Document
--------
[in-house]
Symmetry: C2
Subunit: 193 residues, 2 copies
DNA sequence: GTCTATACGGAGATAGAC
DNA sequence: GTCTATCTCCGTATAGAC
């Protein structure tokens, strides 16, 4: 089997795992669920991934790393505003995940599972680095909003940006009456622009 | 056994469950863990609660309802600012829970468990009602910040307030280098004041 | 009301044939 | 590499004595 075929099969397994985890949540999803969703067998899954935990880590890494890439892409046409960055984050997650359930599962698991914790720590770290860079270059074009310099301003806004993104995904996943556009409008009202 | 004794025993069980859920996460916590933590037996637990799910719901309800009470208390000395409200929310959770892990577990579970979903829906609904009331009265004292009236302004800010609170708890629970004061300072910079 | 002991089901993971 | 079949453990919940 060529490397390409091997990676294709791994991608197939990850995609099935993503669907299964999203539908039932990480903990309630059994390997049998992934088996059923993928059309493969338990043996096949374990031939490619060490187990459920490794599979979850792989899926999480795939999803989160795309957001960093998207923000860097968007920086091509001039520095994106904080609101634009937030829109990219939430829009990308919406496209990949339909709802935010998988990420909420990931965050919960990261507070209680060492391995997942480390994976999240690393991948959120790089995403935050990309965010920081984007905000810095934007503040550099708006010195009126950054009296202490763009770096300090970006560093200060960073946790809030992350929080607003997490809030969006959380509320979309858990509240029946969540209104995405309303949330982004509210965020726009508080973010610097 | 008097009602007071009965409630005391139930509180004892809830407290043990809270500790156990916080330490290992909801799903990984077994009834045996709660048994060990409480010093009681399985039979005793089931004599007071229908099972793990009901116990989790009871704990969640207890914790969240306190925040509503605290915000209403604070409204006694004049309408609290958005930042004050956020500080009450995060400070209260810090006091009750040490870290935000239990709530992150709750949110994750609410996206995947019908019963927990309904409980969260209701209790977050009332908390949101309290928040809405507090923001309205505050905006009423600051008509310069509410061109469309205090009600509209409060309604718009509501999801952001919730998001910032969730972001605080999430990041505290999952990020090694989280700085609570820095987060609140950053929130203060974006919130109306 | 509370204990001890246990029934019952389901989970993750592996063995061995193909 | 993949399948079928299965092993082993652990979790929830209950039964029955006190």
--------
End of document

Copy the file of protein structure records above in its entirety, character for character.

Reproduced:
[in-house]
Symmetry: C2
Subunit: 193 residues, 2 copies
DNA sequence: GTCTATACGGAGATAGAC
DNA sequence: GTCTATCTCCGTATAGAC
């Protein structure tokens, strides 16, 4: 089997795992669920991934790393505003995940599972680095909003940006009456622009 | 056994469950863990609660309802600012829970468990009602910040307030280098004041 | 009301044939 | 590499004595 075929099969397994985890949540999803969703067998899954935990880590890494890439892409046409960055984050997650359930599962698991914790720590770290860079270059074009310099301003806004993104995904996943556009409008009202 | 004794025993069980859920996460916590933590037996637990799910719901309800009470208390000395409200929310959770892990577990579970979903829906609904009331009265004292009236302004800010609170708890629970004061300072910079 | 002991089901993971 | 079949453990919940 060529490397390409091997990676294709791994991608197939990850995609099935993503669907299964999203539908039932990480903990309630059994390997049998992934088996059923993928059309493969338990043996096949374990031939490619060490187990459920490794599979979850792989899926999480795939999803989160795309957001960093998207923000860097968007920086091509001039520095994106904080609101634009937030829109990219939430829009990308919406496209990949339909709802935010998988990420909420990931965050919960990261507070209680060492391995997942480390994976999240690393991948959120790089995403935050990309965010920081984007905000810095934007503040550099708006010195009126950054009296202490763009770096300090970006560093200060960073946790809030992350929080607003997490809030969006959380509320979309858990509240029946969540209104995405309303949330982004509210965020726009508080973010610097 | 008097009602007071009965409630005391139930509180004892809830407290043990809270500790156990916080330490290992909801799903990984077994009834045996709660048994060990409480010093009681399985039979005793089931004599007071229908099972793990009901116990989790009871704990969640207890914790969240306190925040509503605290915000209403604070409204006694004049309408609290958005930042004050956020500080009450995060400070209260810090006091009750040490870290935000239990709530992150709750949110994750609410996206995947019908019963927990309904409980969260209701209790977050009332908390949101309290928040809405507090923001309205505050905006009423600051008509310069509410061109469309205090009600509209409060309604718009509501999801952001919730998001910032969730972001605080999430990041505290999952990020090694989280700085609570820095987060609140950053929130203060974006919130109306 | 509370204990001890246990029934019952389901989970993750592996063995061995193909 | 993949399948079928299965092993082993652990979790929830209950039964029955006190």